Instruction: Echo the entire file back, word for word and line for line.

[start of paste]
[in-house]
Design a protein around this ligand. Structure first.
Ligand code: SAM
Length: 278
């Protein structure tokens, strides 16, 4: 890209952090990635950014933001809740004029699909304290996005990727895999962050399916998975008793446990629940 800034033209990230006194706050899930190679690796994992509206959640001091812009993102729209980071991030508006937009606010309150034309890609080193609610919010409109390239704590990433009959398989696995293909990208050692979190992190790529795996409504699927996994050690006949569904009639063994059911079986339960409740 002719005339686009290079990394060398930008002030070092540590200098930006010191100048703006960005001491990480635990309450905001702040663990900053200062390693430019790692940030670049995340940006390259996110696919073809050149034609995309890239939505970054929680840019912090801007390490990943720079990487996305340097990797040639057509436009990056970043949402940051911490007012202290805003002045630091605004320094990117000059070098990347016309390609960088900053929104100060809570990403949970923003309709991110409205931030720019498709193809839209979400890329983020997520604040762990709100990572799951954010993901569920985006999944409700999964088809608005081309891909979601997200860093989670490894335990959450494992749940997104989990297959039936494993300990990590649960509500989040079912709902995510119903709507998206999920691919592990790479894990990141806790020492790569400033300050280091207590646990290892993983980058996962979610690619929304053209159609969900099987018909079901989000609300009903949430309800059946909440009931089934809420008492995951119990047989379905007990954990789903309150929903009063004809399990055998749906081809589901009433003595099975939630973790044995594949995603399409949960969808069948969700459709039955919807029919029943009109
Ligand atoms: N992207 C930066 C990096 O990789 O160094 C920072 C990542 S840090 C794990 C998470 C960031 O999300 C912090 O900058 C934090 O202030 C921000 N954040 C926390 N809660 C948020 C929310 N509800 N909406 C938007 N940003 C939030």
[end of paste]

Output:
[in-house]
Design a protein around this ligand. Structure first.
Ligand code: SAM
Length: 278
């Protein structure tokens, strides 16, 4: 890209952090990635950014933001809740004029699909304290996005990727895999962050399916998975008793446990629940 800034033209990230006194706050899930190679690796994992509206959640001091812009993102729209980071991030508006937009606010309150034309890609080193609610919010409109390239704590990433009959398989696995293909990208050692979190992190790529795996409504699927996994050690006949569904009639063994059911079986339960409740 002719005339686009290079990394060398930008002030070092540590200098930006010191100048703006960005001491990480635990309450905001702040663990900053200062390693430019790692940030670049995340940006390259996110696919073809050149034609995309890239939505970054929680840019912090801007390490990943720079990487996305340097990797040639057509436009990056970043949402940051911490007012202290805003002045630091605004320094990117000059070098990347016309390609960088900053929104100060809570990403949970923003309709991110409205931030720019498709193809839209979400890329983020997520604040762990709100990572799951954010993901569920985006999944409700999964088809608005081309891909979601997200860093989670490894335990959450494992749940997104989990297959039936494993300990990590649960509500989040079912709902995510119903709507998206999920691919592990790479894990990141806790020492790569400033300050280091207590646990290892993983980058996962979610690619929304053209159609969900099987018909079901989000609300009903949430309800059946909440009931089934809420008492995951119990047989379905007990954990789903309150929903009063004809399990055998749906081809589901009433003595099975939630973790044995594949995603399409949960969808069948969700459709039955919807029919029943009109
Ligand atoms: N992207 C930066 C990096 O990789 O160094 C920072 C990542 S840090 C794990 C998470 C960031 O999300 C912090 O900058 C934090 O202030 C921000 N954040 C926390 N809660 C948020 C929310 N509800 N909406 C938007 N940003 C939030």